Quindaro town-site, an important portal on the Underground Railroad

Michael Bushnell
Publisher


During Black History Month, our Historic Postcard column will spotlight locations and people important to Black History in the Kansas City region.
This week’s historic postcard is a rare glimpse of how the Quindaro Ruins looked circa 1910, prior to its recent recognition as a National Register historic site for being an important stop on the Underground Railroad during the Civil War era.


The town of Quindaro was purchased from the Wyandot tribe in 1857 by Adelard Guthrie. The name Quindaro was derived by Guthrie’s wife Nancy, a Tribal member. Translated it means “bundle of sticks.”


During the mid-1850’s, the border war was ravaging the Missouri-Kansas border. Anti-slavery partisans, anxious to move escaped slaves to Kansas, often found the Missouri River port towns hostile. A “portal” was needed, and the town of Quindaro was born. By the end of 1857, over 100 buildings had been erected, almost a quarter of them built of native stone, lending a sense of permanence to the boomtown. A ferry was established between Quindaro and Parkville, just upriver. The river town quickly became an important location for freed slaves who often settled in Quindaro as freedmen after fleeing Missouri, then a slave state.


Following the Civil War, however, Quindaro’s importance began to fade. Population began to decline despite the establishment of two important freedmen schools in the city. In 1911, a statue of noted Abolitionist John Brown was erected on the site of Western University, the first Black college west of the Mississippi River.


Population continued to decline and the town-site was eventually abandoned in the early 1950’s after the closure of the university in 1944. It became overgrown with trees, weeds and underbrush and was all but forgotten until the 1980’s when a proposed sanitary landfill threatened to destroy the old cemetery and the crumbling foundations of the remaining buildings at the town site.


A group of the town’s descendants teamed up with archeologists and historians to successfully halt the landfill project. In 2002, portions of the Quindaro town-site and cemetent were placed on the National Register of Historic Places.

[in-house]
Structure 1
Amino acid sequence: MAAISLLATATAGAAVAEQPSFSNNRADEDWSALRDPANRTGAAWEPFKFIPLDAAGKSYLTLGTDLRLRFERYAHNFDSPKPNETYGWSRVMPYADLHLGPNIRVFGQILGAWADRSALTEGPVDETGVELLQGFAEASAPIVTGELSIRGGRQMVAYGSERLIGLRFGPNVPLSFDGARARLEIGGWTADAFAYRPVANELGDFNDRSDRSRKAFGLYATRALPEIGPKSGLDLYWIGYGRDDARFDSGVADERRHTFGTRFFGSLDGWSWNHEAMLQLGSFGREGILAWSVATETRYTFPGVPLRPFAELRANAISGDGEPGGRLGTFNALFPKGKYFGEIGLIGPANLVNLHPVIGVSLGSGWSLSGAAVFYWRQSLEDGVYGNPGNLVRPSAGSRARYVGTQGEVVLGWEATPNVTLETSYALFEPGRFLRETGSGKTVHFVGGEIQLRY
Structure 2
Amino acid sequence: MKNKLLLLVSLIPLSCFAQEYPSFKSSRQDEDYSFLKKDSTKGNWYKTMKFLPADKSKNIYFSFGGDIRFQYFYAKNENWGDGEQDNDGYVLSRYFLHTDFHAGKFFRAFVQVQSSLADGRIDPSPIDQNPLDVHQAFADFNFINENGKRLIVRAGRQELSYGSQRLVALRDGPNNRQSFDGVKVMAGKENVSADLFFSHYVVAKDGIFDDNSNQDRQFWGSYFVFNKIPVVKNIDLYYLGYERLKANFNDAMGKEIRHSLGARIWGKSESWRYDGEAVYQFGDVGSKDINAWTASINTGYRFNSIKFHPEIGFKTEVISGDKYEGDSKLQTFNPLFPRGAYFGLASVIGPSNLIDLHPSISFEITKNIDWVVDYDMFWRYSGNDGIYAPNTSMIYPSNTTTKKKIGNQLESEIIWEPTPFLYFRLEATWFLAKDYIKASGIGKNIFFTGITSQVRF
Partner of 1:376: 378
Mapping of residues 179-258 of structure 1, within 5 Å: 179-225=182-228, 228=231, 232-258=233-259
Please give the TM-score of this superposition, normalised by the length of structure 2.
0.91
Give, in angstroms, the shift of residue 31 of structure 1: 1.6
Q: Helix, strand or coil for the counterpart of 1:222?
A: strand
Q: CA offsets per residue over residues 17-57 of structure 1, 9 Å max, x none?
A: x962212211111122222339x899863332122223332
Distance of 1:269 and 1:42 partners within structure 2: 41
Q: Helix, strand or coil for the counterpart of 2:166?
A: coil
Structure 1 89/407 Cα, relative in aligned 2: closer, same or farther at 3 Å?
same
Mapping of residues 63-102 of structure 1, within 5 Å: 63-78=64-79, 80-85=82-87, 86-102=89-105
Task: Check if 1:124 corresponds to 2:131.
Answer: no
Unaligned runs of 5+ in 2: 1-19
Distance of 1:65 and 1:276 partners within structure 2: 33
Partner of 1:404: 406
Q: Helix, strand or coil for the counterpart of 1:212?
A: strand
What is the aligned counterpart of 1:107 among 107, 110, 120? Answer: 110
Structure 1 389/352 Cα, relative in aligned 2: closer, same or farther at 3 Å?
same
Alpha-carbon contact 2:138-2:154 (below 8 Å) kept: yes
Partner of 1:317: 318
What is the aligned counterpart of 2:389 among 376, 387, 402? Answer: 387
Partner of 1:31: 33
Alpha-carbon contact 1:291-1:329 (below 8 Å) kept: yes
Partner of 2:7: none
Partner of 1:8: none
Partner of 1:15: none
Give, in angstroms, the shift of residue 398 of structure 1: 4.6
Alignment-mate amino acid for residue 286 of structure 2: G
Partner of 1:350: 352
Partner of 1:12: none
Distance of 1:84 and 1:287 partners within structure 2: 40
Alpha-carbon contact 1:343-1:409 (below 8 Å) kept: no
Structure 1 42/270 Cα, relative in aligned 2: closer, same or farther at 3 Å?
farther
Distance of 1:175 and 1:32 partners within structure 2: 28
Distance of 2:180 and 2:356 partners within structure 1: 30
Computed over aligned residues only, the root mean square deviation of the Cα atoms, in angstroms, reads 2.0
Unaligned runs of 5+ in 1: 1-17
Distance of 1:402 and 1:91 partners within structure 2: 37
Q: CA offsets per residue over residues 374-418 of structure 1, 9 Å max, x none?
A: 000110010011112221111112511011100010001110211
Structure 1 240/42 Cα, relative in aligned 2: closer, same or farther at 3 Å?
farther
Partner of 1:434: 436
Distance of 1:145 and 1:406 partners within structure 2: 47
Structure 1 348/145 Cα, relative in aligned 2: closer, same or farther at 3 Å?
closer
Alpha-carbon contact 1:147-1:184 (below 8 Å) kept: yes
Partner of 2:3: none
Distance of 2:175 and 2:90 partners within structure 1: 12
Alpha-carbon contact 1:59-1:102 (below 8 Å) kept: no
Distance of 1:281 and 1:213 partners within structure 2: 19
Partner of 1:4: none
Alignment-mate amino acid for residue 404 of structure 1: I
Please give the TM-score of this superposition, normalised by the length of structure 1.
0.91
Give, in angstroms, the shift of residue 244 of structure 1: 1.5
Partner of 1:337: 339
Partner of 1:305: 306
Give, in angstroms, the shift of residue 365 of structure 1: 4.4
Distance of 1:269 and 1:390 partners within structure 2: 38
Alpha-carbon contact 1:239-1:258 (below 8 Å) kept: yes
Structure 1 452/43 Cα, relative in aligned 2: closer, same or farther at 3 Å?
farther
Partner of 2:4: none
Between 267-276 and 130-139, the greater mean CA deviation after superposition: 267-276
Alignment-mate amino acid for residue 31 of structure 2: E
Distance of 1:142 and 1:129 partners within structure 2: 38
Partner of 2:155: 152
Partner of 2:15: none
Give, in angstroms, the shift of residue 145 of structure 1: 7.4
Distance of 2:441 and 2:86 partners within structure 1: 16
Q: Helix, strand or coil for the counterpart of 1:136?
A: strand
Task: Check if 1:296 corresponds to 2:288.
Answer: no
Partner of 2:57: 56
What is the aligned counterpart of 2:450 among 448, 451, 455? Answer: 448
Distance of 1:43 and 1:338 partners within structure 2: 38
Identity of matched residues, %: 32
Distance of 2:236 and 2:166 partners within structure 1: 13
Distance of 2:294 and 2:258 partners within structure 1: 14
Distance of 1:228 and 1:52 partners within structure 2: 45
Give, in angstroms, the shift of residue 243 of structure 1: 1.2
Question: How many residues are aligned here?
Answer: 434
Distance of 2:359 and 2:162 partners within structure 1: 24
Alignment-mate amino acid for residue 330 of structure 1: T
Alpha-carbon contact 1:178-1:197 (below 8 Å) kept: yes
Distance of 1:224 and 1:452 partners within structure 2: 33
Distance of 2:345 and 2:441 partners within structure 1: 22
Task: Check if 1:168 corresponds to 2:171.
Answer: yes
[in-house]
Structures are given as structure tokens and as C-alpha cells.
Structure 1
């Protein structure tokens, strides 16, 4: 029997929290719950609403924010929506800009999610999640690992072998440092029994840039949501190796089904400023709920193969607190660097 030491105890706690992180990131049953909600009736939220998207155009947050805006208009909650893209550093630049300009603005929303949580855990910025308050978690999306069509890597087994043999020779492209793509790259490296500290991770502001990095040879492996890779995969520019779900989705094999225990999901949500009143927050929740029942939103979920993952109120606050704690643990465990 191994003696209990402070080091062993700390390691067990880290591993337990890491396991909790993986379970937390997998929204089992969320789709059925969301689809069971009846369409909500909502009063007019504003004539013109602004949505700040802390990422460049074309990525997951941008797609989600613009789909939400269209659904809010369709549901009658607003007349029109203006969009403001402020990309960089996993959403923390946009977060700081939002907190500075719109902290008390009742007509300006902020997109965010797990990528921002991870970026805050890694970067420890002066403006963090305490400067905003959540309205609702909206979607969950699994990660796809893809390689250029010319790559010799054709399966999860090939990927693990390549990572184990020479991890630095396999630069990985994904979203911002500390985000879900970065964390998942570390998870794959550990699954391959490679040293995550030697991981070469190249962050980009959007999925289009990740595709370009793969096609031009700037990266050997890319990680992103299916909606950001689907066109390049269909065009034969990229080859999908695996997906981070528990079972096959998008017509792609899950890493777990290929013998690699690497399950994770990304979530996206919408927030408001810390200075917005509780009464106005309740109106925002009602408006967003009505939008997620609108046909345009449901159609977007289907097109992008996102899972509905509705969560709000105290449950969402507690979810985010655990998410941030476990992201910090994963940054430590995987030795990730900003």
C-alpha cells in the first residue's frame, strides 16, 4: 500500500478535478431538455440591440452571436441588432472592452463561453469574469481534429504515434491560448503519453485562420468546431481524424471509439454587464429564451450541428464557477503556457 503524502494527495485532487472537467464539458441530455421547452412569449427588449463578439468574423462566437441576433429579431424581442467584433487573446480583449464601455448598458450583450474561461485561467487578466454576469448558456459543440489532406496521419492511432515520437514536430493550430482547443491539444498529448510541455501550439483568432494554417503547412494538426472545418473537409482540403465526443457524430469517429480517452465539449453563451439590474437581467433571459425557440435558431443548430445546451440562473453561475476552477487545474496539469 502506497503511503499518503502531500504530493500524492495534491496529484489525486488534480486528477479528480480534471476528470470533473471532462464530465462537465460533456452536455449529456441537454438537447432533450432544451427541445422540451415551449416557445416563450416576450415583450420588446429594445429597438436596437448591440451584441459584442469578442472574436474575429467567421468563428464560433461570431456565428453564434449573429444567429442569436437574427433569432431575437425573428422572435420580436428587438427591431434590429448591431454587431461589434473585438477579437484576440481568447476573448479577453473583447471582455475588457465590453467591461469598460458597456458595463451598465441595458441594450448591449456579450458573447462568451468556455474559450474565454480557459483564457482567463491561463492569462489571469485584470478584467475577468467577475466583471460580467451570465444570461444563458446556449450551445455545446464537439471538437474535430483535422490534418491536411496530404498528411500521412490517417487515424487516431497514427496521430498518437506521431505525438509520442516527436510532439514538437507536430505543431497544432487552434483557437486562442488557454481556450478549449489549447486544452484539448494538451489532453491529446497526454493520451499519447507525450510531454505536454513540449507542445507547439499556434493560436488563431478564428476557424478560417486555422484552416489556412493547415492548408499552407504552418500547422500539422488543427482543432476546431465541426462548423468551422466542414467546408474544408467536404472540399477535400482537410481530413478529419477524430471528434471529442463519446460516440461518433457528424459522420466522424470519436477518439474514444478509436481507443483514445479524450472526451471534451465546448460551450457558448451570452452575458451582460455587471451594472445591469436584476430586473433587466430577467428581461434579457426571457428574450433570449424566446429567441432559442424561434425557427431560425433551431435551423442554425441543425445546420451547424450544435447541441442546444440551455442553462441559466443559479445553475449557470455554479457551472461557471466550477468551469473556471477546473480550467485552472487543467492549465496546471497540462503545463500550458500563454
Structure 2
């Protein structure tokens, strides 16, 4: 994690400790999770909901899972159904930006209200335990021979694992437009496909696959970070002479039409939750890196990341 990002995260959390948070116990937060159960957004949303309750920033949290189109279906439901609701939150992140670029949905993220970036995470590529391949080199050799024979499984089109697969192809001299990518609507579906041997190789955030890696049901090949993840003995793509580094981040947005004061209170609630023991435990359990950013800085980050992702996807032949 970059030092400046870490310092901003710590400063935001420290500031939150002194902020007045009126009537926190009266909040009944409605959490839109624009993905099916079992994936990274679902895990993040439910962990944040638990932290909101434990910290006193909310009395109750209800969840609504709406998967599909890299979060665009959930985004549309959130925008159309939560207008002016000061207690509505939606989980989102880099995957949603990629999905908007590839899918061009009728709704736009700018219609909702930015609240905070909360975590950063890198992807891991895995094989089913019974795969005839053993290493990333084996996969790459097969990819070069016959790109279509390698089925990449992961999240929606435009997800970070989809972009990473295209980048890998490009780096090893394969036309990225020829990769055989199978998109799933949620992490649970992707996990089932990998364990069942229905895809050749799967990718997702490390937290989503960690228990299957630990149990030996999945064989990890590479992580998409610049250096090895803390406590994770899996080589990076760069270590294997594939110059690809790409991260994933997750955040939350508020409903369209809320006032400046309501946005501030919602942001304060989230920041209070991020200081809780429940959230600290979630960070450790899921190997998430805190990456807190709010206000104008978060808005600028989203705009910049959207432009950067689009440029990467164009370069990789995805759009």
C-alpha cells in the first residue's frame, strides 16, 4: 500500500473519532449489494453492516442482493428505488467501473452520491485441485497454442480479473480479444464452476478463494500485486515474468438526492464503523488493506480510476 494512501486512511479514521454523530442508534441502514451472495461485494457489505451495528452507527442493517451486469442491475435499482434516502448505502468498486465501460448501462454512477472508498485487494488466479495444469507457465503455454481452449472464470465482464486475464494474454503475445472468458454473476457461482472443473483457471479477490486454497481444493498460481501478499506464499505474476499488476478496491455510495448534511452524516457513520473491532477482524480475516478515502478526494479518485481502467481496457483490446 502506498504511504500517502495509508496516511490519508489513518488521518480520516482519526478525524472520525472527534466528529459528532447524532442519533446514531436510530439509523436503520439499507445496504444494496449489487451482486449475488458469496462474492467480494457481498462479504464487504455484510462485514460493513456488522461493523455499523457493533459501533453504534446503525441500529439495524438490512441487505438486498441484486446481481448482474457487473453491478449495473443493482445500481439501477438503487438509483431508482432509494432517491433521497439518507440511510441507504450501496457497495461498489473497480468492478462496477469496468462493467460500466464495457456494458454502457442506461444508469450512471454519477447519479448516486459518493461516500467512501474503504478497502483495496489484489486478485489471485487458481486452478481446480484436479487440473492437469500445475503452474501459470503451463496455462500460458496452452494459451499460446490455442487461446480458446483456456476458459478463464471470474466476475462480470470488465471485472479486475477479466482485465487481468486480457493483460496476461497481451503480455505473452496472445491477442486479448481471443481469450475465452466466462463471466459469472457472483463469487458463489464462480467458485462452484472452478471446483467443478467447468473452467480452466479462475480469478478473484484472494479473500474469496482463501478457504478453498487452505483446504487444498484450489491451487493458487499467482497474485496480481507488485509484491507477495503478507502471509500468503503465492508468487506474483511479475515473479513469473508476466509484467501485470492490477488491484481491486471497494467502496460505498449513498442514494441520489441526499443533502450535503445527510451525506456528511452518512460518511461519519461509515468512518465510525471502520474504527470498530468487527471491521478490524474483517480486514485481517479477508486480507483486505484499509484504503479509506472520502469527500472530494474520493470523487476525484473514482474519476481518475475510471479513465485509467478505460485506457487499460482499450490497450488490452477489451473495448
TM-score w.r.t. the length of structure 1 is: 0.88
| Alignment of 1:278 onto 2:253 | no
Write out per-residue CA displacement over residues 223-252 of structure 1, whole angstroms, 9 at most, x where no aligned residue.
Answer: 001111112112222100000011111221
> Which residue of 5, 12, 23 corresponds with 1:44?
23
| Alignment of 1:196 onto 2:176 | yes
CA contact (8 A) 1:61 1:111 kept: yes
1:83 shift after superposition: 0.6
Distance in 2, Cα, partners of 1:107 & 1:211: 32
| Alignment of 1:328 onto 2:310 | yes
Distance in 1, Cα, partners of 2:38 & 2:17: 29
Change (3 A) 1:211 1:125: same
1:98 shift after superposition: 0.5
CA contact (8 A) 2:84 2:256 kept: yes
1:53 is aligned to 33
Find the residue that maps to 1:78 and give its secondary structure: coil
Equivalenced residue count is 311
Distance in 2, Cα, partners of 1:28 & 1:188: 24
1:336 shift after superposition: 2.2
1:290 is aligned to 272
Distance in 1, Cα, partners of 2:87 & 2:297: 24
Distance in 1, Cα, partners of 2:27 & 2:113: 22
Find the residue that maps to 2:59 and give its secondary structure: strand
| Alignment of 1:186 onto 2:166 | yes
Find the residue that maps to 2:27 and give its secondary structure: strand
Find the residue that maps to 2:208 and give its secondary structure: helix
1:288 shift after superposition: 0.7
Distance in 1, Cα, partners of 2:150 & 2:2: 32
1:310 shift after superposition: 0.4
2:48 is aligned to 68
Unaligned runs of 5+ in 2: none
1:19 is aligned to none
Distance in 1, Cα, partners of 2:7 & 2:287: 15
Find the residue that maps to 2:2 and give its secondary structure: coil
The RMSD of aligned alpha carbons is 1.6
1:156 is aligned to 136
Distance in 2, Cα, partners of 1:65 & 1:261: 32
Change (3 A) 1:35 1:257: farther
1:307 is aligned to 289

Today, the John Brown statue stands in its original site in a memorial plaza designating the location of Western University. A public overlook from which one can view the archeological park and ruins of the old Quindaro town has been constructed, and a small museum holds artifacts from Quindaro’s days as one of the most important portals along the Underground Railroad.


The card was mailed on June 18, 1915, to Daisy M. Teffe of Bridgewater, NY. The written message reads: “Thanks for nice card. This is the ruins of an old fort within walking distance of our house. It has an underground tunnel up from the Missouri River. It is quite a historic place. Come again, Mrs. Bessie Frye, 1402 New Jersey, Kansas City, Kansas.”


Editorial Note: The Kansas City Public Library was of great assistance in this article. Their Missouri Valley Room is a treasure trove of local history and is referenced often in the completion of these Historic Postcard columns. For more information on the town of Quindaro and its role in the Civil War on the Western Border, visit the Kansas City Public Library’s web site at: https://civilwaronthewesternborder.org/encyclopedia/quindaro-kansas

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